X-ray interferometers can measure lengths in the mm range with sub-nm resolution, whereby the almost perfect crystal grid of high-purity silicon is used as a length scale. The dimensions of any sub-µm-structured samples are thereby compared with the lattice parameter of silicon (?0~0.543... nm) which has been determined very precisely within the scope of the project for the new definition of the Avogadro constant. For metrological applications in connection with scanning probe microscopes, such measurements are of great importance.
Up to now, a further spreading of this method had, however, been impeded by the low translation velocities of only 1 nm/s to 10 nm/s. They are due to the limited intensity of typical laboratory X-ray sources: the necessary filtering of the periodic interference signal leads to a reduction in contrast which, in a classic measurement, requires a slow translation of the interferometer.
In a quantum-mechanical sense, however, interference occurs also in a strongly "diluted" stream of X-ray photons: Regarded as a wave packet, even single photons follow in their temporal impact on the detector the same probability which, in the case of sufficiently intense X-ray light, leads to the continuous signal whose period one wants to determine. This well-known quantum-mechanical fact is now exploited for a specific purpose: if one protocols the times at which the single photons hit the detector, one can, by means of a subsequent Fourier transform of this time series, determine very precisely the frequency at which the lattice periods were passed. At constant velocity, it is then possible to reconstruct the path information, and one obtains the same information as with the classic measurement, but in a much shorter amount of time.
Thus, translation velocities of up to 1000 nm/s could be realised. This method will in future not only be used in further improved measuring arrangements for the determination of the lattice parameter of silicon, but also for other length measurements in nanotechnology.
Erika Schow | alfa
NASA's Fermi catches gamma-ray flashes from tropical storms
25.04.2017 | NASA/Goddard Space Flight Center
DGIST develops 20 times faster biosensor
24.04.2017 | DGIST (Daegu Gyeongbuk Institute of Science and Technology)
More and more automobile companies are focusing on body parts made of carbon fiber reinforced plastics (CFRP). However, manufacturing and repair costs must be further reduced in order to make CFRP more economical in use. Together with the Volkswagen AG and five other partners in the project HolQueSt 3D, the Laser Zentrum Hannover e.V. (LZH) has developed laser processes for the automatic trimming, drilling and repair of three-dimensional components.
Automated manufacturing processes are the basis for ultimately establishing the series production of CFRP components. In the project HolQueSt 3D, the LZH has...
Reflecting the structure of composites found in nature and the ancient world, researchers at the University of Illinois at Urbana-Champaign have synthesized thin carbon nanotube (CNT) textiles that exhibit both high electrical conductivity and a level of toughness that is about fifty times higher than copper films, currently used in electronics.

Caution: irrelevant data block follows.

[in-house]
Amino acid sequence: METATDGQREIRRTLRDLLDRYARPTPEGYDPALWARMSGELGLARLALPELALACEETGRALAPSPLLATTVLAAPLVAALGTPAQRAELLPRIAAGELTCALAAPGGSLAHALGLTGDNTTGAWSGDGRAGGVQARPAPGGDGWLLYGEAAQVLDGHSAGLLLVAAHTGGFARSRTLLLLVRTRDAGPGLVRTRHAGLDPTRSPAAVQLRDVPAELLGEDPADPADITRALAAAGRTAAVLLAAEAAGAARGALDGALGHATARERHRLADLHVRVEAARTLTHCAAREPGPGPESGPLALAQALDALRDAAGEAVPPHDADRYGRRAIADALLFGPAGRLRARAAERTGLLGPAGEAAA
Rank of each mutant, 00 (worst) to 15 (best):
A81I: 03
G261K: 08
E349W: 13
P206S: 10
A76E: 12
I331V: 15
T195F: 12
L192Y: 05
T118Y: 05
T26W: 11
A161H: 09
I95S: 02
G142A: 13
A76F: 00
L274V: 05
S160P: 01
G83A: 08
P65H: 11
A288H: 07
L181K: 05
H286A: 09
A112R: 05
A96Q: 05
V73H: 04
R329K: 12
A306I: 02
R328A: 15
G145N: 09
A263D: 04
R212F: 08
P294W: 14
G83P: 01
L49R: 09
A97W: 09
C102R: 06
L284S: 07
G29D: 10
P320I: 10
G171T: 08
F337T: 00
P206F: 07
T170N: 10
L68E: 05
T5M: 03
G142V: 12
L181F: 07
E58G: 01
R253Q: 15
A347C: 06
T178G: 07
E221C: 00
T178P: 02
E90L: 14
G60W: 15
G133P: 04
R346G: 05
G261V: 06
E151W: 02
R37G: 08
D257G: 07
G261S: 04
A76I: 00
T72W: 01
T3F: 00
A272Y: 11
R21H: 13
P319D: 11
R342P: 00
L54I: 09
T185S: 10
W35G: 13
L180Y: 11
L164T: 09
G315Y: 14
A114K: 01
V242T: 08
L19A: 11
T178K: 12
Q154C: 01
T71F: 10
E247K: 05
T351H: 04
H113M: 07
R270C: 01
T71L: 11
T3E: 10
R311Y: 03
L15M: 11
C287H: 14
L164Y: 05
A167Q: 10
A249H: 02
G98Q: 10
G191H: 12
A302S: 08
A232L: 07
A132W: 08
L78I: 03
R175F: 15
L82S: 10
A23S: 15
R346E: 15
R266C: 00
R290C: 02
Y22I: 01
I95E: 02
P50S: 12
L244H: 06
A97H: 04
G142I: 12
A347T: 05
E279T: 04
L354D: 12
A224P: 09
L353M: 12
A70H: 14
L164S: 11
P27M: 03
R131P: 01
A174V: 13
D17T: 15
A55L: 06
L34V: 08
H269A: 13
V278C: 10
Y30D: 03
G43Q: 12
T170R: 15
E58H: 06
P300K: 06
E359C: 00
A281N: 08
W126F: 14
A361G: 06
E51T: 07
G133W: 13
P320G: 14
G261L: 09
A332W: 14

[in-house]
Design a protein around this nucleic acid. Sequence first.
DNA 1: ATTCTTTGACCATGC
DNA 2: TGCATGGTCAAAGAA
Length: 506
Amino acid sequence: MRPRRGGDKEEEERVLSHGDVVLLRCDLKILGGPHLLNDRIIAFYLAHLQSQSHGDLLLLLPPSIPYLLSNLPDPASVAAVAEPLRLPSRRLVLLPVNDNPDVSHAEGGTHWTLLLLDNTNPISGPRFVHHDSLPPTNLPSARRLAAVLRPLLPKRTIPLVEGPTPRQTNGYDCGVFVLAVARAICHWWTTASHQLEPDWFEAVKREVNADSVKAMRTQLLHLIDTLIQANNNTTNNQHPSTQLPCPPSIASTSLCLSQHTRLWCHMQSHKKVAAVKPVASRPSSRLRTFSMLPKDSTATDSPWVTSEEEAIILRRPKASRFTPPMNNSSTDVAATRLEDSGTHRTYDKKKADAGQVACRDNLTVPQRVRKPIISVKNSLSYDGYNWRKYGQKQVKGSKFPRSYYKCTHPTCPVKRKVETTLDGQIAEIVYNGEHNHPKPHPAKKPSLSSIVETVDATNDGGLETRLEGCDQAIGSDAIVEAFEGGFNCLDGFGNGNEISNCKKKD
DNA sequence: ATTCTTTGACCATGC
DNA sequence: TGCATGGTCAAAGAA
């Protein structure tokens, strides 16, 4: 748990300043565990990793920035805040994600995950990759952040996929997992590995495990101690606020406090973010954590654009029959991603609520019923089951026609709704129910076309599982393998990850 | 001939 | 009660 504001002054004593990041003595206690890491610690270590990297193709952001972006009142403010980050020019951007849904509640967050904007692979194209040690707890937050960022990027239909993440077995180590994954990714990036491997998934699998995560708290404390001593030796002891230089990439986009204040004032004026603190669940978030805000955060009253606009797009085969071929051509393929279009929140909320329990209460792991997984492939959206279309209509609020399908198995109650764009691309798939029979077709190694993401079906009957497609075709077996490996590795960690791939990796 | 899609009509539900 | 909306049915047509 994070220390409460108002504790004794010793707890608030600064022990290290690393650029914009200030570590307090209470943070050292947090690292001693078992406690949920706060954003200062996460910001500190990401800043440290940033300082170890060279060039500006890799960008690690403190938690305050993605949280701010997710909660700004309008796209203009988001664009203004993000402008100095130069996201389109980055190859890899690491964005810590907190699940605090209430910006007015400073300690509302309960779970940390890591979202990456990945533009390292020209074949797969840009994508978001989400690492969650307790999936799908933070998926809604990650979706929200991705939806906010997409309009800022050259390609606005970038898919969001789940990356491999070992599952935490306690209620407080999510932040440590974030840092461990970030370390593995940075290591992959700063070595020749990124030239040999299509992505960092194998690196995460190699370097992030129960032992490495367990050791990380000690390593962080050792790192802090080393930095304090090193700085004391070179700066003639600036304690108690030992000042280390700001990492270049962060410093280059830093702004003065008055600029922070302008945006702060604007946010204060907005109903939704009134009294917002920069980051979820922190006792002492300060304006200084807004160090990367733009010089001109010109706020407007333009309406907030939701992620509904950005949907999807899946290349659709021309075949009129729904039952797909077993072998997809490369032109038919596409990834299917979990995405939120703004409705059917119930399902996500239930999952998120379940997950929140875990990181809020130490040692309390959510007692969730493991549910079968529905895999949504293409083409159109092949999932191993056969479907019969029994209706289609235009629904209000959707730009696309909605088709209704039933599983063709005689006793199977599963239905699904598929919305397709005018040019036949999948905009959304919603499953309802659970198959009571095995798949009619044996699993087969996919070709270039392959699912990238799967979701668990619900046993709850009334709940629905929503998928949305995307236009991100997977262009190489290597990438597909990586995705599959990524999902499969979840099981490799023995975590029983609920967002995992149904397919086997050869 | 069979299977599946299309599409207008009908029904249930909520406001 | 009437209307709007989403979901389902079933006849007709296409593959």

"The structural robustness of thin metal films has significant importance for the reliable operation of smart skin and flexible electronics including...
The nearby, giant radio galaxy M87 hosts a supermassive black hole (BH) and is well-known for its bright jet dominating the spectrum over ten orders of magnitude in frequency. Due to its proximity, jet prominence, and the large black hole mass, M87 is the best laboratory for investigating the formation, acceleration, and collimation of relativistic jets. A research team led by Silke Britzen from the Max Planck Institute for Radio Astronomy in Bonn, Germany, has found strong indication for turbulent processes connecting the accretion disk and the jet of that galaxy providing insights into the longstanding problem of the origin of astrophysical jets.
Supermassive black holes form some of the most enigmatic phenomena in astrophysics. Their enormous energy output is supposed to be generated by the...
The probability to find a certain number of photons inside a laser pulse usually corresponds to a classical distribution of independent events, the so-called...
Microprocessors based on atomically thin materials hold the promise of the evolution of traditional processors as well as new applications in the field of flexible electronics. Now, a TU Wien research team led by Thomas Müller has made a breakthrough in this field as part of an ongoing research project.
Two-dimensional materials, or 2D materials for short, are extremely versatile, although – or often more precisely because – they are made up of just one or a...
20.04.2017 | Event News
18.04.2017 | Event News
03.04.2017 | Event News
25.04.2017 | Physics and Astronomy
25.04.2017 | Materials Sciences
25.04.2017 | Life Sciences